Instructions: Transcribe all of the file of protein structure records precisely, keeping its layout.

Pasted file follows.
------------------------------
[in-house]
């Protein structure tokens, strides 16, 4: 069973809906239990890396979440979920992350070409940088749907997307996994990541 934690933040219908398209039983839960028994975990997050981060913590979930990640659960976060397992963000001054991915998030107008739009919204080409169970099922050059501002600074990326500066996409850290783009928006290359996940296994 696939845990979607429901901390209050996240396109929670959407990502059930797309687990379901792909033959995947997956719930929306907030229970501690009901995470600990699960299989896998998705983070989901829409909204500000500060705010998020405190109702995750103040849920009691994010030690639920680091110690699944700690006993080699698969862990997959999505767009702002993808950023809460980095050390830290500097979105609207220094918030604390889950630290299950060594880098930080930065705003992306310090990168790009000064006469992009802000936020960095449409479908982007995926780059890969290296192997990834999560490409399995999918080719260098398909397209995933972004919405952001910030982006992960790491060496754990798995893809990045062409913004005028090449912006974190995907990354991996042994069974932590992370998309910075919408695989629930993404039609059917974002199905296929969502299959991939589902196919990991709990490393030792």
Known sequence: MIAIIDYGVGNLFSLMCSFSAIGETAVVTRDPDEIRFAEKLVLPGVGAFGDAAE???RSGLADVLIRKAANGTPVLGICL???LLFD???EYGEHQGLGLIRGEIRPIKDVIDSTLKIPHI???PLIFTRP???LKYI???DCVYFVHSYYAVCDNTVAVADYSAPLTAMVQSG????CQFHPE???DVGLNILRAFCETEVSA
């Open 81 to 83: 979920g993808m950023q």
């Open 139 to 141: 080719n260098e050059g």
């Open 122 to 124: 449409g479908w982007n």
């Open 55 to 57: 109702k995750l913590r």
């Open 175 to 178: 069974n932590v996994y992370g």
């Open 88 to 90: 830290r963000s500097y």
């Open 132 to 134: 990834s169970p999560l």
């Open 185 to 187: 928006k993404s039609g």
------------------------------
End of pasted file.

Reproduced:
[in-house]
């Protein structure tokens, strides 16, 4: 069973809906239990890396979440979920992350070409940088749907997307996994990541 934690933040219908398209039983839960028994975990997050981060913590979930990640659960976060397992963000001054991915998030107008739009919204080409169970099922050059501002600074990326500066996409850290783009928006290359996940296994 696939845990979607429901901390209050996240396109929670959407990502059930797309687990379901792909033959995947997956719930929306907030229970501690009901995470600990699960299989896998998705983070989901829409909204500000500060705010998020405190109702995750103040849920009691994010030690639920680091110690699944700690006993080699698969862990997959999505767009702002993808950023809460980095050390830290500097979105609207220094918030604390889950630290299950060594880098930080930065705003992306310090990168790009000064006469992009802000936020960095449409479908982007995926780059890969290296192997990834999560490409399995999918080719260098398909397209995933972004919405952001910030982006992960790491060496754990798995893809990045062409913004005028090449912006974190995907990354991996042994069974932590992370998309910075919408695989629930993404039609059917974002199905296929969502299959991939589902196919990991709990490393030792």
Known sequence: MIAIIDYGVGNLFSLMCSFSAIGETAVVTRDPDEIRFAEKLVLPGVGAFGDAAE???RSGLADVLIRKAANGTPVLGICL???LLFD???EYGEHQGLGLIRGEIRPIKDVIDSTLKIPHI???PLIFTRP???LKYI???DCVYFVHSYYAVCDNTVAVADYSAPLTAMVQSG????CQFHPE???DVGLNILRAFCETEVSA
């Open 81 to 83: 979920g993808m950023q």
């Open 139 to 141: 080719n260098e050059g």
């Open 122 to 124: 449409g479908w982007n």
């Open 55 to 57: 109702k995750l913590r």
């Open 175 to 178: 069974n932590v996994y992370g």
């Open 88 to 90: 830290r963000s500097y």
């Open 132 to 134: 990834s169970p999560l």
């Open 185 to 187: 928006k993404s039609g």